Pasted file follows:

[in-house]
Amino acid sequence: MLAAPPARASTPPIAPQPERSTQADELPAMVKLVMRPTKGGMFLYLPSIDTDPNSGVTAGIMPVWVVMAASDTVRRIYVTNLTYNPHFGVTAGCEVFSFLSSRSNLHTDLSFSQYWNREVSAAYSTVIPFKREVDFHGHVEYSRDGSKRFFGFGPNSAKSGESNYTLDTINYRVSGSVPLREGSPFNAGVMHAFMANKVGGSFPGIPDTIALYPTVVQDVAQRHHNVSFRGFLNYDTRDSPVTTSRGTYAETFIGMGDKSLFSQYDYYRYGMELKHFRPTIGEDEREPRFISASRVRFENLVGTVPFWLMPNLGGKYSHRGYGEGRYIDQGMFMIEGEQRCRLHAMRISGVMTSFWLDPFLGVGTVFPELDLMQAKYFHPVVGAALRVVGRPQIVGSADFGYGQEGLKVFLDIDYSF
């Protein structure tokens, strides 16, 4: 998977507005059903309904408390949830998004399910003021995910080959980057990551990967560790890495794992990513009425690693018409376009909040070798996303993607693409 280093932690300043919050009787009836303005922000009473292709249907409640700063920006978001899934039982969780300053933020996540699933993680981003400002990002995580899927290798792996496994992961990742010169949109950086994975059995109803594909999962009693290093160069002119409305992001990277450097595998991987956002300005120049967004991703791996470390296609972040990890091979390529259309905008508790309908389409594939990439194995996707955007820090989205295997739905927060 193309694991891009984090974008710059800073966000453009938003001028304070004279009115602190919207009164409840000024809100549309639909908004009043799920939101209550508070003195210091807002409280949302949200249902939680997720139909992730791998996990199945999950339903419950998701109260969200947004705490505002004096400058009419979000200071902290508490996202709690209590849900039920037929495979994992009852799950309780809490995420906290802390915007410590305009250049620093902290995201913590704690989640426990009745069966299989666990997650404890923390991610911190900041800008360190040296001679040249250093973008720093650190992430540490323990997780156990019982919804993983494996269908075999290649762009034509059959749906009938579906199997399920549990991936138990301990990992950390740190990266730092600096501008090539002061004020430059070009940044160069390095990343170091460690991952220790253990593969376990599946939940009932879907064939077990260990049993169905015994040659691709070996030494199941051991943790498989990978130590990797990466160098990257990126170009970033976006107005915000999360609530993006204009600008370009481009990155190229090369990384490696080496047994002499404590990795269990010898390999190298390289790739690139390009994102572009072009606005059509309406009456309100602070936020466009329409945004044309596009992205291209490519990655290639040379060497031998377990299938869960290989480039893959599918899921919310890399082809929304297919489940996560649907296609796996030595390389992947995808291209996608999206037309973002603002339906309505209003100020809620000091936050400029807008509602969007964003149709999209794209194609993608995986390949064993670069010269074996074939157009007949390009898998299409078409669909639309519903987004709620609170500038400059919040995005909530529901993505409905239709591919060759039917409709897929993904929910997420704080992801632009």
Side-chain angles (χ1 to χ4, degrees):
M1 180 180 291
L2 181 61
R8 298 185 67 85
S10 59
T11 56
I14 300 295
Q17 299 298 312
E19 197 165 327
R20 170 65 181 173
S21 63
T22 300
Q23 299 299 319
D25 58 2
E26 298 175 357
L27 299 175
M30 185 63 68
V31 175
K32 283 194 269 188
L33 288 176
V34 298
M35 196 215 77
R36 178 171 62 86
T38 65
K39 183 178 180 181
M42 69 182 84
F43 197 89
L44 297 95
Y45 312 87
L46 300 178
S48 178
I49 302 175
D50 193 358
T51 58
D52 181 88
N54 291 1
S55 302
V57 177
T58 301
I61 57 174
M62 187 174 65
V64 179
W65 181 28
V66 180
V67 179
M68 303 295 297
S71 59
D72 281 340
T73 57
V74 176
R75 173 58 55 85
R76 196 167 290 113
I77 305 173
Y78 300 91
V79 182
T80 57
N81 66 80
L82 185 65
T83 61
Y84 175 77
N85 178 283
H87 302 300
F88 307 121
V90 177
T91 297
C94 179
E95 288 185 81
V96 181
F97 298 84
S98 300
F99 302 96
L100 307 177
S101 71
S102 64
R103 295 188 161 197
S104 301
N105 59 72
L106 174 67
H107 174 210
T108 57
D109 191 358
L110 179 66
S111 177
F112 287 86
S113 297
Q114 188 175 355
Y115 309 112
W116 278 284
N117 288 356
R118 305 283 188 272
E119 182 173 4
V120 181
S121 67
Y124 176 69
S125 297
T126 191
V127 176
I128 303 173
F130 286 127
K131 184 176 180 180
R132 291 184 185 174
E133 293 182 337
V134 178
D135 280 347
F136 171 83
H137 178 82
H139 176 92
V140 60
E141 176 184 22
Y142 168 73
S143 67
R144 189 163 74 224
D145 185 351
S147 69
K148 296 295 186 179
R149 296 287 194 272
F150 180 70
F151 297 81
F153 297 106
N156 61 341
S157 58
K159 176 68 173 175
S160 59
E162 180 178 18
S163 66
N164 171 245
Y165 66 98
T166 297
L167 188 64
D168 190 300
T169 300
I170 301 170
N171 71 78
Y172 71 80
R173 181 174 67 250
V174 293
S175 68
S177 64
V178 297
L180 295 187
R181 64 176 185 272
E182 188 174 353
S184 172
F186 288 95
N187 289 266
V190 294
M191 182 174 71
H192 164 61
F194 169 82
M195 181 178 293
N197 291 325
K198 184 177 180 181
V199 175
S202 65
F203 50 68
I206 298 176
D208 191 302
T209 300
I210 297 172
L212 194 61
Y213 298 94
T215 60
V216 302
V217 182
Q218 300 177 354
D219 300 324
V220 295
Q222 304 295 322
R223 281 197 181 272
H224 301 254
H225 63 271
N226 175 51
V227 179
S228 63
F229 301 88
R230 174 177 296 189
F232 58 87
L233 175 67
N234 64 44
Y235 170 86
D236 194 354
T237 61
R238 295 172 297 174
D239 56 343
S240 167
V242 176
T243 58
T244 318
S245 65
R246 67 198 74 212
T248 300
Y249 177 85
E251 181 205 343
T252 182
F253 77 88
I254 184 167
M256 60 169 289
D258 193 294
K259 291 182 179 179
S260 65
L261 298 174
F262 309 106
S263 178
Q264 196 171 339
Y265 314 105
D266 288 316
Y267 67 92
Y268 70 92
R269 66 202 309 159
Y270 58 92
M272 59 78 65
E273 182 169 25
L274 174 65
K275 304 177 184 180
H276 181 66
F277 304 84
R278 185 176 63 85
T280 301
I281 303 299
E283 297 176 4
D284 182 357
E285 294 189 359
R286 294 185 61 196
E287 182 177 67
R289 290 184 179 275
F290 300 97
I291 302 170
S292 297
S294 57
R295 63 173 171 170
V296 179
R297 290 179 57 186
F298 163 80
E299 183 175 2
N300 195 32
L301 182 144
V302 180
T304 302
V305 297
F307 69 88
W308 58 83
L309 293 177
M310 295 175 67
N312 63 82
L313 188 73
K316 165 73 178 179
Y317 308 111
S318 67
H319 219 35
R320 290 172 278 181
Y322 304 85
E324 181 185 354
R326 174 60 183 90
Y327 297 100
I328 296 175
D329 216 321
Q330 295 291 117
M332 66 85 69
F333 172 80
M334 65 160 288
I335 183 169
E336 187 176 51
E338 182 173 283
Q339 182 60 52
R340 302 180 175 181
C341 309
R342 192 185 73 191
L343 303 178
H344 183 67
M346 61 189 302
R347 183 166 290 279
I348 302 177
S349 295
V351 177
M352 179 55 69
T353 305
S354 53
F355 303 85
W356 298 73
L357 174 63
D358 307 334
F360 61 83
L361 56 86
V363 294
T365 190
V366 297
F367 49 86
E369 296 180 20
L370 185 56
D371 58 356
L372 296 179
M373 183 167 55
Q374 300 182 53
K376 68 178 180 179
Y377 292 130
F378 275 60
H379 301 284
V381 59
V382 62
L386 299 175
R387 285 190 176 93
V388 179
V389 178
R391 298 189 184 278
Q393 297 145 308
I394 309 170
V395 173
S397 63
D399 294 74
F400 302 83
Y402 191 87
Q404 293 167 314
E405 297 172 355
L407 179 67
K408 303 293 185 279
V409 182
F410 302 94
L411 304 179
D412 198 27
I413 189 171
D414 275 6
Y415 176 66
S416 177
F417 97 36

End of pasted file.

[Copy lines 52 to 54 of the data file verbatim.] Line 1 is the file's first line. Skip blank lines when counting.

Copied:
T73 57
V74 176
R75 173 58 55 85